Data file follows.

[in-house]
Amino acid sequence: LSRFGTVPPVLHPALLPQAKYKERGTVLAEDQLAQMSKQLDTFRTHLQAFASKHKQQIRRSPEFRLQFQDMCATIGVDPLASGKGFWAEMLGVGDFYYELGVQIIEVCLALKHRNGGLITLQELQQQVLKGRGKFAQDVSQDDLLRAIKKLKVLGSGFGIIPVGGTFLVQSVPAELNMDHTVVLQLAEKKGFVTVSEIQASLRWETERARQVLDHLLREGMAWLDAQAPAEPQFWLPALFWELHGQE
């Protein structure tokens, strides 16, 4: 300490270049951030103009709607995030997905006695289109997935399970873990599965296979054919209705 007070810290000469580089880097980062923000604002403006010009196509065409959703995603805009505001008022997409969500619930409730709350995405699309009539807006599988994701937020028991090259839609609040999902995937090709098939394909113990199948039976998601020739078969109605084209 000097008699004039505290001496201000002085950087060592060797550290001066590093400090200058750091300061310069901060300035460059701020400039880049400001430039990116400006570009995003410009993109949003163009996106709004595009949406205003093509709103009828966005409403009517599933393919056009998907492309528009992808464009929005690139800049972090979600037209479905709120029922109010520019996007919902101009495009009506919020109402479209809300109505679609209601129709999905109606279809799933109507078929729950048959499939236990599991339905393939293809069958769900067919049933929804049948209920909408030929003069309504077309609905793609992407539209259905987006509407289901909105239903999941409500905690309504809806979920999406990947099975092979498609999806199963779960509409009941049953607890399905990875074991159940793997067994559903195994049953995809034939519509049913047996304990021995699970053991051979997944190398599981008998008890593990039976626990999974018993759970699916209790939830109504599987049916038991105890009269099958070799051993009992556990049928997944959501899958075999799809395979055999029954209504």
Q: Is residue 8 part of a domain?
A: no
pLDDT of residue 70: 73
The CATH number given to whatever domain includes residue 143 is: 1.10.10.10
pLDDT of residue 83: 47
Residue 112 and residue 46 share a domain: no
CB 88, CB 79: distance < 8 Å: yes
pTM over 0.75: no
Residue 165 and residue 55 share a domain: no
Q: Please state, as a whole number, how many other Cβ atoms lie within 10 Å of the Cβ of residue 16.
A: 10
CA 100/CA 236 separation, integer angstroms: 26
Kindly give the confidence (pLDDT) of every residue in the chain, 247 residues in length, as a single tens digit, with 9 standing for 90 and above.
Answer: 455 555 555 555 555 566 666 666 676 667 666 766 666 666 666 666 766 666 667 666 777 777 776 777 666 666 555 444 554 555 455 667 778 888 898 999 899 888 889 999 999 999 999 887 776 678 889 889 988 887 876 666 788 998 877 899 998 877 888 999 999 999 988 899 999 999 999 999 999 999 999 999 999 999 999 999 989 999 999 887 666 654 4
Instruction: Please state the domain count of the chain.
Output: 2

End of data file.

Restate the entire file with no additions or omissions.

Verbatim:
[in-house]
Amino acid sequence: LSRFGTVPPVLHPALLPQAKYKERGTVLAEDQLAQMSKQLDTFRTHLQAFASKHKQQIRRSPEFRLQFQDMCATIGVDPLASGKGFWAEMLGVGDFYYELGVQIIEVCLALKHRNGGLITLQELQQQVLKGRGKFAQDVSQDDLLRAIKKLKVLGSGFGIIPVGGTFLVQSVPAELNMDHTVVLQLAEKKGFVTVSEIQASLRWETERARQVLDHLLREGMAWLDAQAPAEPQFWLPALFWELHGQE
């Protein structure tokens, strides 16, 4: 300490270049951030103009709607995030997905006695289109997935399970873990599965296979054919209705 007070810290000469580089880097980062923000604002403006010009196509065409959703995603805009505001008022997409969500619930409730709350995405699309009539807006599988994701937020028991090259839609609040999902995937090709098939394909113990199948039976998601020739078969109605084209 000097008699004039505290001496201000002085950087060592060797550290001066590093400090200058750091300061310069901060300035460059701020400039880049400001430039990116400006570009995003410009993109949003163009996106709004595009949406205003093509709103009828966005409403009517599933393919056009998907492309528009992808464009929005690139800049972090979600037209479905709120029922109010520019996007919902101009495009009506919020109402479209809300109505679609209601129709999905109606279809799933109507078929729950048959499939236990599991339905393939293809069958769900067919049933929804049948209920909408030929003069309504077309609905793609992407539209259905987006509407289901909105239903999941409500905690309504809806979920999406990947099975092979498609999806199963779960509409009941049953607890399905990875074991159940793997067994559903195994049953995809034939519509049913047996304990021995699970053991051979997944190398599981008998008890593990039976626990999974018993759970699916209790939830109504599987049916038991105890009269099958070799051993009992556990049928997944959501899958075999799809395979055999029954209504």
Q: Is residue 8 part of a domain?
A: no
pLDDT of residue 70: 73
The CATH number given to whatever domain includes residue 143 is: 1.10.10.10
pLDDT of residue 83: 47
Residue 112 and residue 46 share a domain: no
CB 88, CB 79: distance < 8 Å: yes
pTM over 0.75: no
Residue 165 and residue 55 share a domain: no
Q: Please state, as a whole number, how many other Cβ atoms lie within 10 Å of the Cβ of residue 16.
A: 10
CA 100/CA 236 separation, integer angstroms: 26
Kindly give the confidence (pLDDT) of every residue in the chain, 247 residues in length, as a single tens digit, with 9 standing for 90 and above.
Answer: 455 555 555 555 555 566 666 666 676 667 666 766 666 666 666 666 766 666 667 666 777 777 776 777 666 666 555 444 554 555 455 667 778 888 898 999 899 888 889 999 999 999 999 887 776 678 889 889 988 887 876 666 788 998 877 899 998 877 888 999 999 999 988 899 999 999 999 999 999 999 999 999 999 999 999 999 989 999 999 887 666 654 4
Instruction: Please state the domain count of the chain.
Output: 2